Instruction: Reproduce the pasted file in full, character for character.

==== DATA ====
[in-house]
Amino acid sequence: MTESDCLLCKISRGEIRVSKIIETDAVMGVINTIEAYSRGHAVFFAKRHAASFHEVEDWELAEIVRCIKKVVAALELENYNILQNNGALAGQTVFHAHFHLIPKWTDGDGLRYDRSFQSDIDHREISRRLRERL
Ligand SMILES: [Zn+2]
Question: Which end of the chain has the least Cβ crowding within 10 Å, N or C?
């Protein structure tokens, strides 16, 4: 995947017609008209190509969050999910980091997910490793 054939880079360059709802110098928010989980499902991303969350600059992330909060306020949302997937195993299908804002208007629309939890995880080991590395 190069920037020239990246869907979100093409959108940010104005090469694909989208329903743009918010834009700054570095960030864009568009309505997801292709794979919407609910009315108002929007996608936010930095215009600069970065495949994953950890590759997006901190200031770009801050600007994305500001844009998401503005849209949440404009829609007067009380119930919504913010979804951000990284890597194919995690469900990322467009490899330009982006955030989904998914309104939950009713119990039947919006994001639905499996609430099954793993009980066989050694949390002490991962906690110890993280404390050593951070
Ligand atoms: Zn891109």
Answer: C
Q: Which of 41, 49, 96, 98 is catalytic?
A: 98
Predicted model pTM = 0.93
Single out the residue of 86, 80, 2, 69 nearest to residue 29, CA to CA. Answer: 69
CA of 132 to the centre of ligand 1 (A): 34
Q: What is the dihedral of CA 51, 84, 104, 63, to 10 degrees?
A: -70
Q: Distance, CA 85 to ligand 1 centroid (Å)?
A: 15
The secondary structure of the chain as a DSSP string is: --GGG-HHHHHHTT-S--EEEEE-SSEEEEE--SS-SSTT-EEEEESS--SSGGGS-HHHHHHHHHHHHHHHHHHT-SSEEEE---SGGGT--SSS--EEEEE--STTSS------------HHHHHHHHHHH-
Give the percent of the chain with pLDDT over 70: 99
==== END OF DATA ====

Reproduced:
[in-house]
Amino acid sequence: MTESDCLLCKISRGEIRVSKIIETDAVMGVINTIEAYSRGHAVFFAKRHAASFHEVEDWELAEIVRCIKKVVAALELENYNILQNNGALAGQTVFHAHFHLIPKWTDGDGLRYDRSFQSDIDHREISRRLRERL
Ligand SMILES: [Zn+2]
Question: Which end of the chain has the least Cβ crowding within 10 Å, N or C?
């Protein structure tokens, strides 16, 4: 995947017609008209190509969050999910980091997910490793 054939880079360059709802110098928010989980499902991303969350600059992330909060306020949302997937195993299908804002208007629309939890995880080991590395 190069920037020239990246869907979100093409959108940010104005090469694909989208329903743009918010834009700054570095960030864009568009309505997801292709794979919407609910009315108002929007996608936010930095215009600069970065495949994953950890590759997006901190200031770009801050600007994305500001844009998401503005849209949440404009829609007067009380119930919504913010979804951000990284890597194919995690469900990322467009490899330009982006955030989904998914309104939950009713119990039947919006994001639905499996609430099954793993009980066989050694949390002490991962906690110890993280404390050593951070
Ligand atoms: Zn891109």
Answer: C
Q: Which of 41, 49, 96, 98 is catalytic?
A: 98
Predicted model pTM = 0.93
Single out the residue of 86, 80, 2, 69 nearest to residue 29, CA to CA. Answer: 69
CA of 132 to the centre of ligand 1 (A): 34
Q: What is the dihedral of CA 51, 84, 104, 63, to 10 degrees?
A: -70
Q: Distance, CA 85 to ligand 1 centroid (Å)?
A: 15
The secondary structure of the chain as a DSSP string is: --GGG-HHHHHHTT-S--EEEEE-SSEEEEE--SS-SSTT-EEEEESS--SSGGGS-HHHHHHHHHHHHHHHHHHT-SSEEEE---SGGGT--SSS--EEEEE--STTSS------------HHHHHHHHHHH-
Give the percent of the chain with pLDDT over 70: 99